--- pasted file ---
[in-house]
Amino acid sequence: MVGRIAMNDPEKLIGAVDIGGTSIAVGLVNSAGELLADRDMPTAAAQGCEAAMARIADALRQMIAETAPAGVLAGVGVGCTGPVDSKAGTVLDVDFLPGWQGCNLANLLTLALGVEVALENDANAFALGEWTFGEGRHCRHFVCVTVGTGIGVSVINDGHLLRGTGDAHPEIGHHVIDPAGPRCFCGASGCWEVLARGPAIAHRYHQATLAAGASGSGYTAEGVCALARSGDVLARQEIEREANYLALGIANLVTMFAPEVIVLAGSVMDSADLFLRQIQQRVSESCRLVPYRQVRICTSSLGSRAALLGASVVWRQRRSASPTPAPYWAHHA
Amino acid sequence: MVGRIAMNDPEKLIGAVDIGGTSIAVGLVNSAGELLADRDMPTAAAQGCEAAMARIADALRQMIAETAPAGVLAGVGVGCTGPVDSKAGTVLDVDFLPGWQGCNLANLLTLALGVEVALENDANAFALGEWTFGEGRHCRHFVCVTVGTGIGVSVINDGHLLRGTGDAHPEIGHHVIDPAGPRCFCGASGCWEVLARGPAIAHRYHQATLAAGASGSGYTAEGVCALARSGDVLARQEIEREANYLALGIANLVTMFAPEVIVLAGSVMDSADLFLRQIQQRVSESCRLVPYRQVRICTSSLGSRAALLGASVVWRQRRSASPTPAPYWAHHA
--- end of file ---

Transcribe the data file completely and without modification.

[in-house]
Amino acid sequence: MVGRIAMNDPEKLIGAVDIGGTSIAVGLVNSAGELLADRDMPTAAAQGCEAAMARIADALRQMIAETAPAGVLAGVGVGCTGPVDSKAGTVLDVDFLPGWQGCNLANLLTLALGVEVALENDANAFALGEWTFGEGRHCRHFVCVTVGTGIGVSVINDGHLLRGTGDAHPEIGHHVIDPAGPRCFCGASGCWEVLARGPAIAHRYHQATLAAGASGSGYTAEGVCALARSGDVLARQEIEREANYLALGIANLVTMFAPEVIVLAGSVMDSADLFLRQIQQRVSESCRLVPYRQVRICTSSLGSRAALLGASVVWRQRRSASPTPAPYWAHHA
Amino acid sequence: MVGRIAMNDPEKLIGAVDIGGTSIAVGLVNSAGELLADRDMPTAAAQGCEAAMARIADALRQMIAETAPAGVLAGVGVGCTGPVDSKAGTVLDVDFLPGWQGCNLANLLTLALGVEVALENDANAFALGEWTFGEGRHCRHFVCVTVGTGIGVSVINDGHLLRGTGDAHPEIGHHVIDPAGPRCFCGASGCWEVLARGPAIAHRYHQATLAAGASGSGYTAEGVCALARSGDVLARQEIEREANYLALGIANLVTMFAPEVIVLAGSVMDSADLFLRQIQQRVSESCRLVPYRQVRICTSSLGSRAALLGASVVWRQRRSASPTPAPYWAHHA